The Compost Is Still Going Strong!

While visiting Nate, I made sure to check in the compost we started back in March. I gave you an update in June, when the weather in Seattle was still chilly. Well, it’s now the end of September, and….

…it’s doing so well! There was no smell and no issues with pests or bugs all summer. Not even fruit flies. There is no discernible food bits anymore (that white blob on top is suet from the bird feeder that Nate recently added). The worms that we saw in June have multiplied (I think they’re red wigglers). They seem very happy. You can see a couple of the worms peaking out of the compost in the photo below:

Nate is now using the compost to top dress a couple of his potted plants. We also made sure to feed the worms with some more plant scraps. I guess you could say we’re vermicomposting.

Composting on an Apartment Balcony

In honor of International Compost Awareness Week

… Welcome to a new series I’m going to call “Will It Compost?” (Think: “Will It Blend?” but more environmentally friendly).

About a month ago (March 28th, to be exact), Nate and I decided to embark on an experiment: Composting On An Apartment Balcony.

Nate has an apartment with a balcony and lots of hungry potted plants. So, he was game to try to make some compost to feed his plants.

Composting is really just organic matter decomposing. You don’t actually have to do anything to compost; it’s happening all the time. If not for composting we’d have landfills full of twigs, and leaves, and grass clipping. Can you imagine? The fancy gadgetery that is marketed for composting simply helps to speed up the process.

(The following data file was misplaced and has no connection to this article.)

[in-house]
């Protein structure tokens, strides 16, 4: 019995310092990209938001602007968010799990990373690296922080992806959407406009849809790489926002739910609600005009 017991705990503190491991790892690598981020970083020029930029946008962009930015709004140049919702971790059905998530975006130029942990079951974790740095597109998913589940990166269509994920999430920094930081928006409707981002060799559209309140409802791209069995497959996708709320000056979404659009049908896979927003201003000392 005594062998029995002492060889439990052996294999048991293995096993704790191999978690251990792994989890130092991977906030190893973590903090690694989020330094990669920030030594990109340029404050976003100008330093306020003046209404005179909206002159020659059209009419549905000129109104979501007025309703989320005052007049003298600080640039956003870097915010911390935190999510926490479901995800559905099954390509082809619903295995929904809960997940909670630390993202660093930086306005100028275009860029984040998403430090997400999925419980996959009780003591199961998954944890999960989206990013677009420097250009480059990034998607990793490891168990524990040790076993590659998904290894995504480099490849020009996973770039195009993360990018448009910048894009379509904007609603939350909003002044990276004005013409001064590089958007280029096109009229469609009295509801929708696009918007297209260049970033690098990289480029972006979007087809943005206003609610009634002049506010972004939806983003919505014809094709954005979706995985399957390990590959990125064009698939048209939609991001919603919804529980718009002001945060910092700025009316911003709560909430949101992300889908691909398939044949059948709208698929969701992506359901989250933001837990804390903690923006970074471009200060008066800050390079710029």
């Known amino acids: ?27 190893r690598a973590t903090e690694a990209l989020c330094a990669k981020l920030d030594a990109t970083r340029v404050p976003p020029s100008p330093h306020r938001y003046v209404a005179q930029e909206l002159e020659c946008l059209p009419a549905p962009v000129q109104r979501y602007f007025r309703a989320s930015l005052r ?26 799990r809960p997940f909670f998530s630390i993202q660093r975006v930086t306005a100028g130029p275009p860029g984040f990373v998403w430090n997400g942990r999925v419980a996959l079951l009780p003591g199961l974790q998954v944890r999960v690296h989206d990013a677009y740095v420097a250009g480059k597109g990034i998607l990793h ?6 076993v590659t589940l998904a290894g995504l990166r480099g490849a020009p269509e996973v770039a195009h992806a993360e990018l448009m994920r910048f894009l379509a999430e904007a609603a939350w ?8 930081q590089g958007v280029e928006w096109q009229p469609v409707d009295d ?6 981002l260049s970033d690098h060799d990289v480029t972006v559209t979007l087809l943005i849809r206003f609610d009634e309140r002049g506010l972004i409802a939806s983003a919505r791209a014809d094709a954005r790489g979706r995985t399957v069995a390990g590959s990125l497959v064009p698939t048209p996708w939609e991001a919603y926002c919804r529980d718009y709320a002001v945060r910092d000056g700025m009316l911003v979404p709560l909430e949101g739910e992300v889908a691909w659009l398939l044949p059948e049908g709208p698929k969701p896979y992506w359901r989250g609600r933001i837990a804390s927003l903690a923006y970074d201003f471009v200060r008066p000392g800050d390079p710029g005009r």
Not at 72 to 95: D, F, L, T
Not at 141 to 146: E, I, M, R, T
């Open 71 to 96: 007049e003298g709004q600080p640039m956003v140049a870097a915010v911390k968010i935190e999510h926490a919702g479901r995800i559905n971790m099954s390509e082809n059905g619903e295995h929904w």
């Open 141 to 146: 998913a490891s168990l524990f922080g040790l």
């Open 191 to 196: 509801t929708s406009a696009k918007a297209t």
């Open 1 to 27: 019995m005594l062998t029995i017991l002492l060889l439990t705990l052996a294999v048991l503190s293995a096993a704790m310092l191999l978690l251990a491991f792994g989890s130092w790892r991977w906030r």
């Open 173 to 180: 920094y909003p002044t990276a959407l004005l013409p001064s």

Nate and I don’t have any fancy composting gadgetery, but we’re composting anyway. We gathered our “greens” (kitchen scraps, eggshells, lots of orange peels) and our “browns” (dried leaves, cardboard scraps). The greens provide nitrogen and the browns provide carbon. You are supposed to have more browns than greens (more carbon than nitrogen). (If you want to go into the science of composting, Texas A&M and Cornell University have very comprehensive explanations.) Additionally, we got a little bit of finished compost, which I thought might be helpful as an inoculant, introducing beneficial microbes, and speeding up the process.

We used the biggest pot we had — I’m not sure of the exact measurements of this one, but I’d estimate that it’s about a 25-gallon-sized pot.

And then we layered the greens and browns in the pot along with the finished compost.

Browns (leaves)

Finished Compost

Greens (Kitchen scraps, including orange peels and eggshells)

More Browns (leaves, shredded egg carton)

More Finished Compost

More Greens

Last Layer of Browns

And that’s it. We left it on the balcony.

Nate gives it a stir every 5 days or so and gives it some water if its looking dry. And that’s it.

Here’s how its looking now:

Surprisingly, it seems to be working out well. The orange peels and apple cores have become completely unrecognizable. The eggshells are still identifiable, though. Nate says he doesn’t notice any smell. It almost seems too easy — there must be a catch, right? Any guesses as to how long we’ll have to wait until its ready to use? Or will his balcony be infested by rats and flies first?